The news that government plans to extend the child grant age has been met with an array of opinions. While some experts say this would help the youth, others are apprehensive. The voice sorely lacking from this discussion, however, is that of the youth itself. A report published by People’s Assembly in July 2014 shows that 31% of South Africans use social grants, while 70% of these South Africans are beneficiaries of the child support grant.
According to the article in the City Press of January 11, the Department of Social Development plans to extend the age limit for child grant beneficiaries from 18 to 23. Spokesperson for the minister, Lumka Oliphant, was quoted as saying that this was an “investment in human capital”. She also added that this intervention would be helpful to the country’s needy and orphaned youth. The responses to this announcement have been varying. We went to speak to some young people and youth experts on the matter:
What the youth have to say
Live, along with Activate! Youth Organisation, a network of youth leaders who work to drive positive change in their communities, took to Facebook to uncover how the youth feel about this, and we received heated reactions. Some accused the government of “giving fish, but not teaching the people how to fish”. They felt that more could be done to educate the youth as opposed to giving them handouts. Another view was that perhaps those who had completed their high school education could use the funding towards finding jobs and supporting themselves while at tertiary institutions.
Young experts weigh in
Siviwe Mafuna (28) is the founder of Ikamva NPO, based in Gauteng, which works to expose disadvantaged youth to employment opportunities. Siviwe says the grant would be especially useful for youth just out of high school, who can’t afford tertiary and are out looking for work. He says the money could be used for travelling fare as well as to buy basic needs while the young person has not found a job. This would make this time much more bearable, as financial difficulties can be more demotivating at this time. “That’s when they begin to lose hope and many fall victim to social ills, like crime and drug abuse” says Siviwe.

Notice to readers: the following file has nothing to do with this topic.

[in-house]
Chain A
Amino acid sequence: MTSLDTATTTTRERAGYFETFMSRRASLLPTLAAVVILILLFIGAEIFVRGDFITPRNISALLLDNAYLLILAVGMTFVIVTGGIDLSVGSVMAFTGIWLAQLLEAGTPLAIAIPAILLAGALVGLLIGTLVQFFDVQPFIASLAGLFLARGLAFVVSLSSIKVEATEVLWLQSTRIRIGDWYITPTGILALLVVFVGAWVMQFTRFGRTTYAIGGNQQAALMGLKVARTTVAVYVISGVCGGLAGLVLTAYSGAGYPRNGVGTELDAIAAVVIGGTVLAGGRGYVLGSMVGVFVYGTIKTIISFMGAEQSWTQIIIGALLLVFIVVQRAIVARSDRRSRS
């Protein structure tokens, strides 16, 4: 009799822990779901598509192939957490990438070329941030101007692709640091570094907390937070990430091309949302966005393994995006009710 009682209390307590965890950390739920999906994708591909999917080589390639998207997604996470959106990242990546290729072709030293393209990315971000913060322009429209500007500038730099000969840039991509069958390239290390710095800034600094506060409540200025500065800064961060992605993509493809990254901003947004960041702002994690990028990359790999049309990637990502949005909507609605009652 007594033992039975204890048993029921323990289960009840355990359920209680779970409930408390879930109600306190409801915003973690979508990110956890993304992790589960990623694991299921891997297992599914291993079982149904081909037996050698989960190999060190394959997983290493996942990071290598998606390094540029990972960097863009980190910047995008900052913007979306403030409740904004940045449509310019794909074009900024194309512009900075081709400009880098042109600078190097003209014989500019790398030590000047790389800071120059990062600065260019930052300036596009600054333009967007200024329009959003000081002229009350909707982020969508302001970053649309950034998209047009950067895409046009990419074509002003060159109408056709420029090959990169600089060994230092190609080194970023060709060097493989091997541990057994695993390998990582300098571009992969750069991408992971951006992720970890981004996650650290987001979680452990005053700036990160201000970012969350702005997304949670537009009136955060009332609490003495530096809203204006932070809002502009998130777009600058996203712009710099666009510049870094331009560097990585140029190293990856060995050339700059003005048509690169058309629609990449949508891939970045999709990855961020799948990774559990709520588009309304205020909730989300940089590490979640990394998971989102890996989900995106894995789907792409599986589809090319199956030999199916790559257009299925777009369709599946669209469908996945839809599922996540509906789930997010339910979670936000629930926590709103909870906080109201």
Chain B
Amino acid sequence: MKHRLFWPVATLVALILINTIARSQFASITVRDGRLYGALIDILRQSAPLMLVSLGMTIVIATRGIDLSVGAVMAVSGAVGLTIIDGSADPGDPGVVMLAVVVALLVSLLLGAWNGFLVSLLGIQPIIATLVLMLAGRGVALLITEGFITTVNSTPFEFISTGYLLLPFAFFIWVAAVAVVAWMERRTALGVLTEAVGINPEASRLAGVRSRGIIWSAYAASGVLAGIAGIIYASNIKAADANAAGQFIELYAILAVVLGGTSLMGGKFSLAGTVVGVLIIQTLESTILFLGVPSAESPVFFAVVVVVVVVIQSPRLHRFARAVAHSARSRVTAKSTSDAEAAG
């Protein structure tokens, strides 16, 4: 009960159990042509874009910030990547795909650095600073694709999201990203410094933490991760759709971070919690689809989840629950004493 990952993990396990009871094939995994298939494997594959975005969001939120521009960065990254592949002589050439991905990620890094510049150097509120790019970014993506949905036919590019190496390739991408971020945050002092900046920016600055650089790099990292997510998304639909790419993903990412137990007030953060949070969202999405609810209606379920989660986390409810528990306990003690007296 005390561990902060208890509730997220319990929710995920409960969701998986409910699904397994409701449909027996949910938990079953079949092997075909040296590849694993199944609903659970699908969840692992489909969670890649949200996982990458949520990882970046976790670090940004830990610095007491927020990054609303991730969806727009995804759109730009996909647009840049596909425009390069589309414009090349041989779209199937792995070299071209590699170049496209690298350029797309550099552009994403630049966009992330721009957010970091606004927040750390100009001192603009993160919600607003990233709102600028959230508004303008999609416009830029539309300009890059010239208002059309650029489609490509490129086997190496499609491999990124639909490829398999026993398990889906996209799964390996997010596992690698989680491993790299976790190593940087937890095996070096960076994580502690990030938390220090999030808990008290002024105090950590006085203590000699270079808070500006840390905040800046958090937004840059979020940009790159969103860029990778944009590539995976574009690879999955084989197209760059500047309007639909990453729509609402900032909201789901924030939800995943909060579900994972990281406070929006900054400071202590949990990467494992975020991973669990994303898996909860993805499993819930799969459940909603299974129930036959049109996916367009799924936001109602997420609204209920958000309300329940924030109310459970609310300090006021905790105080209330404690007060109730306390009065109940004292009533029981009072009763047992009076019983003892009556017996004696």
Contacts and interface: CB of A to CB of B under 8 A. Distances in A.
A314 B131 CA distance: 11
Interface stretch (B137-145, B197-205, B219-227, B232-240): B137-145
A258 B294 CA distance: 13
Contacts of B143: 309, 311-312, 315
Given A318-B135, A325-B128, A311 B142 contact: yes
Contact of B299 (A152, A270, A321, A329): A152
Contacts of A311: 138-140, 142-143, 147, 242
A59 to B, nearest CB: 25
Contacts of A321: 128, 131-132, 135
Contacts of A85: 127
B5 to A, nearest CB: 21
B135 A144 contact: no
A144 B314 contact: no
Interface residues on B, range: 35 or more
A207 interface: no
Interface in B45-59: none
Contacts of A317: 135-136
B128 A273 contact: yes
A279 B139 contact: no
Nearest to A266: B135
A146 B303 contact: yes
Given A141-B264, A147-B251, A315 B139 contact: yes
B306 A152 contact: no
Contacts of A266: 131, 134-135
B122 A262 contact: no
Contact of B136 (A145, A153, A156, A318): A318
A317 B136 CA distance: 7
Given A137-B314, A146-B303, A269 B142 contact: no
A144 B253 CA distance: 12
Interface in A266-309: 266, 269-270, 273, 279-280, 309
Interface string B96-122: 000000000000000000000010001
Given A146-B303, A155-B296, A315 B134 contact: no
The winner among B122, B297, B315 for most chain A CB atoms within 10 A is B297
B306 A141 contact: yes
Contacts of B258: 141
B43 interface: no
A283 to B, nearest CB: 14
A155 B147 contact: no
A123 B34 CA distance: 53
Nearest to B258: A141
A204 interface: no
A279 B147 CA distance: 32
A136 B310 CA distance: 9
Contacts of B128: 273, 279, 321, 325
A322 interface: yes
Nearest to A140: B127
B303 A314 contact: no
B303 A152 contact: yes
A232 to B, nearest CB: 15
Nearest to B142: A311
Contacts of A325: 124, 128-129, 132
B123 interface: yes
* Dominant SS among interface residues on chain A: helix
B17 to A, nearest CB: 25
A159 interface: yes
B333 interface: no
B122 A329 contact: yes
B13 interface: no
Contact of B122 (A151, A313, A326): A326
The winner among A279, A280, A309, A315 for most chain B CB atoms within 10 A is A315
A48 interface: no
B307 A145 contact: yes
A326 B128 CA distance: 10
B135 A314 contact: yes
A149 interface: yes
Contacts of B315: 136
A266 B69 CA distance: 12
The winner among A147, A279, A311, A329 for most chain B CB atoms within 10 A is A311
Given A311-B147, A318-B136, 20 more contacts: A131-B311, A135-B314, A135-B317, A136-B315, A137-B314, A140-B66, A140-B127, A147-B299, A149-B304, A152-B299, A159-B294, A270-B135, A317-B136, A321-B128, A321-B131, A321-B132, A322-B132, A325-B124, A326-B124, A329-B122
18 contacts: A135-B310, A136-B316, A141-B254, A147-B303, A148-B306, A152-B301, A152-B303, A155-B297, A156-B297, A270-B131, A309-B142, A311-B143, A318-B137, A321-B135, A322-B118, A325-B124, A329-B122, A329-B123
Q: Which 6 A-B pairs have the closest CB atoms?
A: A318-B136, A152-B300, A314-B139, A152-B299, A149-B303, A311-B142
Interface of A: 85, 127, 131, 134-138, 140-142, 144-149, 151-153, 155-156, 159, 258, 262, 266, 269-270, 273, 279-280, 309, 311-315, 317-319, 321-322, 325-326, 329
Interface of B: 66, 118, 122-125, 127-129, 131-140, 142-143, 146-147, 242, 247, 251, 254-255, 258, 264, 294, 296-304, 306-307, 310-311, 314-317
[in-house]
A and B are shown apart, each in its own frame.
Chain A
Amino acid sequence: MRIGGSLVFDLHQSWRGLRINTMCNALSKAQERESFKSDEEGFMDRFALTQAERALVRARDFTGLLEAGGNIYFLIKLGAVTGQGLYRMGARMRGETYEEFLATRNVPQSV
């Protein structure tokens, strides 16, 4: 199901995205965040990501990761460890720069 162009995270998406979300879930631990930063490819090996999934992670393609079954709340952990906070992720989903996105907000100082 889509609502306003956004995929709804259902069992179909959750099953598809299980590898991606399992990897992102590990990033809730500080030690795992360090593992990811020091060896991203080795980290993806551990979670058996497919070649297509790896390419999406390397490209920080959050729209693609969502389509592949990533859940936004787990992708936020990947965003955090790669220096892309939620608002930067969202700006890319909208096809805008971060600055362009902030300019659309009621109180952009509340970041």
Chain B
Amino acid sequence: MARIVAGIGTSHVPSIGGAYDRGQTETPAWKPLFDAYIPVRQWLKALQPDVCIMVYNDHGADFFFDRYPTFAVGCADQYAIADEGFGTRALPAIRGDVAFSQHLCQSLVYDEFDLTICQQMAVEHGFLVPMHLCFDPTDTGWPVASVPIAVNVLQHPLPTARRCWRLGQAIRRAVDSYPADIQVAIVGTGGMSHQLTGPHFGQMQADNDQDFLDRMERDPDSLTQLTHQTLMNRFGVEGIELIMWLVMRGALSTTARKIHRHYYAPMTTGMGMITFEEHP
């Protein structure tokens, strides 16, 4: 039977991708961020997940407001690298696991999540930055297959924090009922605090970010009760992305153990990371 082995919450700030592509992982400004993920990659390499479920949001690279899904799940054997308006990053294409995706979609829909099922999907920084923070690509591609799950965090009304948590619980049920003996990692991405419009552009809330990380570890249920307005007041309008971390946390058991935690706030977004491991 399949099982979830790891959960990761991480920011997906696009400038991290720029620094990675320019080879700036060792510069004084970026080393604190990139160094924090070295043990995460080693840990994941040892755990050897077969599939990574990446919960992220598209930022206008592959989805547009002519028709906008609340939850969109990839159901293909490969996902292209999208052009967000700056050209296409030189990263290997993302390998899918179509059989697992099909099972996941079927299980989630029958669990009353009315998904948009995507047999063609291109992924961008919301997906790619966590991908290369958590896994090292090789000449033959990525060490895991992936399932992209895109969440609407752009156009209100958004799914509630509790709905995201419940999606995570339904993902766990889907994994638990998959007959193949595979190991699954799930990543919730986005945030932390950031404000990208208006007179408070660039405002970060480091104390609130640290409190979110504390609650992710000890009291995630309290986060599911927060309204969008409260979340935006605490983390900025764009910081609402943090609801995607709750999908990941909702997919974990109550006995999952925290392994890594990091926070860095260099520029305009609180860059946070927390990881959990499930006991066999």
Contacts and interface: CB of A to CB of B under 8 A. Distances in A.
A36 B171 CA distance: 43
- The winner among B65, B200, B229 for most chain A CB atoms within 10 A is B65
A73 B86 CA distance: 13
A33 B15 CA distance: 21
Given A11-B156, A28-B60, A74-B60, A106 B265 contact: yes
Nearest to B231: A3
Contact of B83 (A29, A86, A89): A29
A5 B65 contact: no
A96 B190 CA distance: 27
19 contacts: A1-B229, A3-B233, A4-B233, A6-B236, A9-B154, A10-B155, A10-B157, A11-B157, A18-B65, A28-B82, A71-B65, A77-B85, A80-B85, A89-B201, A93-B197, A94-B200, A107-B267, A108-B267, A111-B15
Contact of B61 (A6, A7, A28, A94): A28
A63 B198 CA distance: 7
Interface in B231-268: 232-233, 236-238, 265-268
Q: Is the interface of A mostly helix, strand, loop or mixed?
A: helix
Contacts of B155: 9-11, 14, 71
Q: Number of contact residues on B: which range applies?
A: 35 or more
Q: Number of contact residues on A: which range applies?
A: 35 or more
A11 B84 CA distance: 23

Mzwandile Msimang (29), is based in Johannesburg and has been a member of Activate since 2013. He says this move might worsen the drug problem among young people. “If the government just hands out money without requiring any responsibility from them, we might find ourselves supporting people’s drug addictions and other irresponsible behaviour.” He suggests that there be a needs analysis in place in order to determine whether the money is used for basic needs. He adds that a monitoring system should then follow. If beneficiaries are unemployed, they must engage in volunteer work in order to qualify for the money each month. “This way they will understand that there is no such thing as a handout and that one must contribute to the market in order to receive help from the government. They will learn to earn the money.”
While we await the verdict of whether this extension will become policy, we hope that the government will engage the youth to make sure that their voice and their needs are felt.
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Live from Parliament casts a youth lens on parliament and government, covering committees, policy-making, MPs, and the sitting of actual Parliament. Our team of youth journalists will be reporting Live from Parliament every week in partnership with the People’s Assembly and Indigo Trust.
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